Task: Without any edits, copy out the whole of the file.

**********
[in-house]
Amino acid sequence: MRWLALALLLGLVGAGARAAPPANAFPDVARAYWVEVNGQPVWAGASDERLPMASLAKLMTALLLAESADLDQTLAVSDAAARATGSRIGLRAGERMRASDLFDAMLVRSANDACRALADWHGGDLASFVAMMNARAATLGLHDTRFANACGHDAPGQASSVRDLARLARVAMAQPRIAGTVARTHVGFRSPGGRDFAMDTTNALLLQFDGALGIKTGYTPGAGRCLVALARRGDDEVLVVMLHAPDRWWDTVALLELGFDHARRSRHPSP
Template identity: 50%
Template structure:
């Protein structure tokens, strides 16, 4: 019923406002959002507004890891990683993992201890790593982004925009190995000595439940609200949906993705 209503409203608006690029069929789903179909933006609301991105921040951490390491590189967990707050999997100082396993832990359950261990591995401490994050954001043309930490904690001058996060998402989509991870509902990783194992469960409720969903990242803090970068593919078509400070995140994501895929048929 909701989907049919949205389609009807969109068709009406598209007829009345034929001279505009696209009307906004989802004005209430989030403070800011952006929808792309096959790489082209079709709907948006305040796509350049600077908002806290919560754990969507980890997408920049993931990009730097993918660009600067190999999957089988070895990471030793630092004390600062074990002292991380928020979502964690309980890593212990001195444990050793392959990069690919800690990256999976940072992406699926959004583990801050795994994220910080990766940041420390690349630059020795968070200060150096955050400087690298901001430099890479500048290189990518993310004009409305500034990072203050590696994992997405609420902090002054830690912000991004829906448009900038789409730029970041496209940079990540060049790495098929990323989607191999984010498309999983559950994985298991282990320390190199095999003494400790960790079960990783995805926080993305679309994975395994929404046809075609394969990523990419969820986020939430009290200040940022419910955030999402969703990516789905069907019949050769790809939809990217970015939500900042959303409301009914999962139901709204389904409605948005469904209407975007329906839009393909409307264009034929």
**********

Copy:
[in-house]
Amino acid sequence: MRWLALALLLGLVGAGARAAPPANAFPDVARAYWVEVNGQPVWAGASDERLPMASLAKLMTALLLAESADLDQTLAVSDAAARATGSRIGLRAGERMRASDLFDAMLVRSANDACRALADWHGGDLASFVAMMNARAATLGLHDTRFANACGHDAPGQASSVRDLARLARVAMAQPRIAGTVARTHVGFRSPGGRDFAMDTTNALLLQFDGALGIKTGYTPGAGRCLVALARRGDDEVLVVMLHAPDRWWDTVALLELGFDHARRSRHPSP
Template identity: 50%
Template structure:
């Protein structure tokens, strides 16, 4: 019923406002959002507004890891990683993992201890790593982004925009190995000595439940609200949906993705 209503409203608006690029069929789903179909933006609301991105921040951490390491590189967990707050999997100082396993832990359950261990591995401490994050954001043309930490904690001058996060998402989509991870509902990783194992469960409720969903990242803090970068593919078509400070995140994501895929048929 909701989907049919949205389609009807969109068709009406598209007829009345034929001279505009696209009307906004989802004005209430989030403070800011952006929808792309096959790489082209079709709907948006305040796509350049600077908002806290919560754990969507980890997408920049993931990009730097993918660009600067190999999957089988070895990471030793630092004390600062074990002292991380928020979502964690309980890593212990001195444990050793392959990069690919800690990256999976940072992406699926959004583990801050795994994220910080990766940041420390690349630059020795968070200060150096955050400087690298901001430099890479500048290189990518993310004009409305500034990072203050590696994992997405609420902090002054830690912000991004829906448009900038789409730029970041496209940079990540060049790495098929990323989607191999984010498309999983559950994985298991282990320390190199095999003494400790960790079960990783995805926080993305679309994975395994929404046809075609394969990523990419969820986020939430009290200040940022419910955030999402969703990516789905069907019949050769790809939809990217970015939500900042959303409301009914999962139901709204389904409605948005469904209407975007329906839009393909409307264009034929």